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Articles by Tif Siragusa, MD, FACS

Tif Siragusa, MD Vein and Vascular Center of Nashville

5651 Frist Blvd, Suite 414 Hermitage, TN 37076 Google Maps / Directions 615-884-7600 Visit Website

Dr. Siragusa graduated with his Medical

Vein Treatment Experts


Varicose Veins, The Good News

SEPTEMBER 11, 2012 BY DR.

TIF SIRAGUSA IN VARICOSE VEINS NO

COMMENT The good news is that your timing could not be any better! Over the past decade, there have been major advances in the way that venous disease is diagnosed and treated. This means that if you are one of the 50 million Americans with varicose veins or spider veins, it is now easier than ever to say goodbye to them and move on to a happier and healthier life.

The Difference Between Spider Veins and Varicose Veins Spider veins are very small veins that are evident on the surface of the skin as red or blue dilated veins. They tend to start off small, but as time and gravity become a factor, they often become enlarged and increase in number over time. Varicose veins are larger veins just underneath the skin that are often visible, especially while standing.


Varicose veins tend to be associated with a variety of symptoms. Recognizing these symptoms is the first key step on the road to kissing your vein problems goodbye!

Seven Vein Problems That May Indicate Chronic Venous Insufficiency Are your veins causing any significant symptoms in your legs? If any of the following seven problems sound familiar, then you may suffer from Chronic Venous Insufficiency, and the answer is probably yes. 1. There are visible bulgy veins or spider veins on your leg. This is the most simple test, if you can see them, then you have them. 2. You suffer leg pain or discomfort. If you suffer from leg heaviness, pain, itching, or cramps in your legs, especially after prolonged sitting or standing, there is a good chance you suffer from Chronic Venous Insufficiency. 3. Your legs feel tired or heavy. If your legs feel tired or fatigue easily after moderate amounts of activity, this may be a symptom of varicose veins. 4. Your legs swell. Swelling that tends to worsen as the day moves on is often a clue that you may have a venous problem. 5. Discoloration or scarring of your skin. If you have darker areas of skin in the area just above your ankles, or if you have redness in this area, it may be a symptom of Chronic Venous Insufficiency. This typically results from several years of old blood getting backed up in your veins and leaking out into the skin. 6. Open wounds or ulcers along your lower legs or ankles. This problem tends to occur after experiencing a long period of skin discoloration and is referred to as a venous stasis ulcer. The treatments offered for varicose veins are also very effective in healing and preventing recurrent ulcers. 7. Restless legs or leg cramps. When these symptoms occur, especially at night, they are often associated with an underlying venous problem. Patients who can see varicose veins on their legs who also suffer from restless leg syndrome, often obtain excellent results in solving both of these problems once their veins are addressed.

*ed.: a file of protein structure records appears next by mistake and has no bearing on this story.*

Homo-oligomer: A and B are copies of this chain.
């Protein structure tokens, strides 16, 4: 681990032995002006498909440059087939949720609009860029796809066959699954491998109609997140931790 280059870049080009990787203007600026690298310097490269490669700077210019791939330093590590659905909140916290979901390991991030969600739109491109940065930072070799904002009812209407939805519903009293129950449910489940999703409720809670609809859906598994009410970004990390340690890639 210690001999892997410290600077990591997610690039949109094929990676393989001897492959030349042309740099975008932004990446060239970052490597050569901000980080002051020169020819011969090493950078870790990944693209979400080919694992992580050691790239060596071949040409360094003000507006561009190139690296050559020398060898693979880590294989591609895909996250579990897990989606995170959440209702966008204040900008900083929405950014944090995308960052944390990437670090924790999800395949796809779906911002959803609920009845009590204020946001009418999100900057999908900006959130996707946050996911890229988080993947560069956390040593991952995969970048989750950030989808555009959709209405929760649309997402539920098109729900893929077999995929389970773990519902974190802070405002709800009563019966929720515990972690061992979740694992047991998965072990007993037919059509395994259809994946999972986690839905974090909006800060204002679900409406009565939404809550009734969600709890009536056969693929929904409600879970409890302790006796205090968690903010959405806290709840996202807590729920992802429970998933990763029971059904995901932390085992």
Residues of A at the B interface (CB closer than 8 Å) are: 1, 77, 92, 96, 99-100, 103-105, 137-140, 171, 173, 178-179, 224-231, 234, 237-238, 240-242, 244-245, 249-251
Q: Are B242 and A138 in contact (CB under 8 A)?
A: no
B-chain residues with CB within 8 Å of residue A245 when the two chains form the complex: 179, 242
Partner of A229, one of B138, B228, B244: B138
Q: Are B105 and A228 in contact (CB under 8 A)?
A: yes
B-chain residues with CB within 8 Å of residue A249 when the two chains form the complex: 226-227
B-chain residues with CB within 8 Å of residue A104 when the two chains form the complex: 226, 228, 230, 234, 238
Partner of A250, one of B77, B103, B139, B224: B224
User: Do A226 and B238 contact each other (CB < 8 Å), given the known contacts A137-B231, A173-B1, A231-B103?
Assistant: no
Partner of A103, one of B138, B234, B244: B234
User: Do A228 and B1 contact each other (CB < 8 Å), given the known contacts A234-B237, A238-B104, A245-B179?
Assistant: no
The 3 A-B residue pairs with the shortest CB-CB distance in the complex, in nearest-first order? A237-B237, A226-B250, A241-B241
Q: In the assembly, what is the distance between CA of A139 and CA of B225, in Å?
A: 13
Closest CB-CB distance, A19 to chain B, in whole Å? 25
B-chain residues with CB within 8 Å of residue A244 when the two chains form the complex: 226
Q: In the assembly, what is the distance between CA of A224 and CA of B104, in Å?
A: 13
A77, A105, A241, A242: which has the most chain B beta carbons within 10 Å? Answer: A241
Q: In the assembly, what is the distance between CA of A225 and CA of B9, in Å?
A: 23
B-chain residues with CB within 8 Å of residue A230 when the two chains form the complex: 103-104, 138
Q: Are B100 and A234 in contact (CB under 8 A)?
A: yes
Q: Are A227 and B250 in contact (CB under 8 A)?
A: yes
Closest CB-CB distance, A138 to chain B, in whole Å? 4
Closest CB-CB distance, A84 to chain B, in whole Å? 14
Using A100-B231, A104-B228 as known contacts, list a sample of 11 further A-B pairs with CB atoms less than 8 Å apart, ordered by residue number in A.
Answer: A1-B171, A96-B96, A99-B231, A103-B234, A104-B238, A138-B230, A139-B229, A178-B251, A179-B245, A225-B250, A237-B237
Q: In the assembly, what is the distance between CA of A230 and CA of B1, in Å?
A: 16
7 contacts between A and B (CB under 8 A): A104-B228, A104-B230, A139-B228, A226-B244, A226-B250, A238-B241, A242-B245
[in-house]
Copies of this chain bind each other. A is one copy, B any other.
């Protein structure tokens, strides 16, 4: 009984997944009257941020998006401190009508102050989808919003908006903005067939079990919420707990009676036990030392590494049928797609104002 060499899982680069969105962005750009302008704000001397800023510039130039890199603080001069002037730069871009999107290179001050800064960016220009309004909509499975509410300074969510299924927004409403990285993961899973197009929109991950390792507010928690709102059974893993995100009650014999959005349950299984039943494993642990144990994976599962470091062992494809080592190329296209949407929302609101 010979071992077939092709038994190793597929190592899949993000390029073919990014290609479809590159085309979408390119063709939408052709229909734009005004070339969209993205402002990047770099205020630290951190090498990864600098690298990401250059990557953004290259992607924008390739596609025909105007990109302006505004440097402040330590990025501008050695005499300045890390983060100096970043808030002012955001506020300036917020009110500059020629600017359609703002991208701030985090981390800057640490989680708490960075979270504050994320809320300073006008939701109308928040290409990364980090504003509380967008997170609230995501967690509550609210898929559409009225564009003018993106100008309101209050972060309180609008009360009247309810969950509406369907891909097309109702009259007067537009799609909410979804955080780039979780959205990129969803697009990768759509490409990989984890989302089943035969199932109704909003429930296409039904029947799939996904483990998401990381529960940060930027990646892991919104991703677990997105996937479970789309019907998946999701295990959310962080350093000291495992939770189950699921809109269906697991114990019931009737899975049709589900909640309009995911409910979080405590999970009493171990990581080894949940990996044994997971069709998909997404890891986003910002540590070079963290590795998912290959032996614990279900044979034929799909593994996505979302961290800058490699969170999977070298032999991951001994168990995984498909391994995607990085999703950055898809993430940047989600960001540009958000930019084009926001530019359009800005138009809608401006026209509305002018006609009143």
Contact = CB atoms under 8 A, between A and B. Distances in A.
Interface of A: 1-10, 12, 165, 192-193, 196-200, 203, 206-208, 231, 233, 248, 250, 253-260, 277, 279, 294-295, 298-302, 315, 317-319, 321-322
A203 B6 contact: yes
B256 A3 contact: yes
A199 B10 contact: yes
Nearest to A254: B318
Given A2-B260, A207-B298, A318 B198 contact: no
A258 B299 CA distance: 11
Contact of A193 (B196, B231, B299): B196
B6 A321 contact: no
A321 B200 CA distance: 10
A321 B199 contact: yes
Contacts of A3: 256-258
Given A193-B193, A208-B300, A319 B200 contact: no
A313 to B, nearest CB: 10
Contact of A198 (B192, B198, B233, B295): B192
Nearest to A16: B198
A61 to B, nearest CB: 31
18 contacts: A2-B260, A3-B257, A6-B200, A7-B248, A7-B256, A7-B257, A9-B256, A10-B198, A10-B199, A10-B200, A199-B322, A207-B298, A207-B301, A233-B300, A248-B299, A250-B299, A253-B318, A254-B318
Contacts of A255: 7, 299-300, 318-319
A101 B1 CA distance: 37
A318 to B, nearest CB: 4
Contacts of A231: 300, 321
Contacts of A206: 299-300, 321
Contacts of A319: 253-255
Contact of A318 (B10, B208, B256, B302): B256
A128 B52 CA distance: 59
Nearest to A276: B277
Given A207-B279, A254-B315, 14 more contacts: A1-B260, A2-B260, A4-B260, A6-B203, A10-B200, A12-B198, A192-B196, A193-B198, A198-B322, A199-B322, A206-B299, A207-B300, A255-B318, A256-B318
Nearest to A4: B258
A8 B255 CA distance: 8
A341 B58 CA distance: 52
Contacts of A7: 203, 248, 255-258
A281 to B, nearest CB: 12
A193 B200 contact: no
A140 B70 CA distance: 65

Excellent Long-Term Results If you can relate to any of the symptons mentioned, the question now is, “What’s the good news?” When it comes to treating spider veins, it is now possible to obtain excellent results, using products specifically developed for this problem. Previously, hypertonic saline injections were the mainstay of treatment. These injections typically provided a temporary fix, but also caused significant pain and burning during the injection. The good news is that the new medication used for sclerotherapy is less painful and more effective, producing excellent long-term results.

90-95% Success Rate After only 3 sessions, our patients will experience approximately 90% clearing of their visible spider veins. The modern treatment of varicose veins and associated venous insufficiency utilizing endovenous ablation offers patients an effective, minimally invasive procedure that is performed in the physician’s office under local anesthesia. This technique is so effective because by sealing off the malfunctioning vein, you eliminate the problem at its source. At the conclusion of this state-of-the-art treatment, you will immediately be able to resume most normal activities, and within one week you may resume more vigorous exercising. Following your initial treatments, you can expect to have a 90-95% chance of being free of varicose veins for the rest of your life. To learn more about this highly effective method of vein treatment or to schedule an appointment, please call Siragusa Vein & Vascular Center of Nashville at 615884-7600 or fill out our request a consultation form. This article was written for Health & Wellness Magazine. View the original article.


Blood Thinners: A High Stakes Balancing Act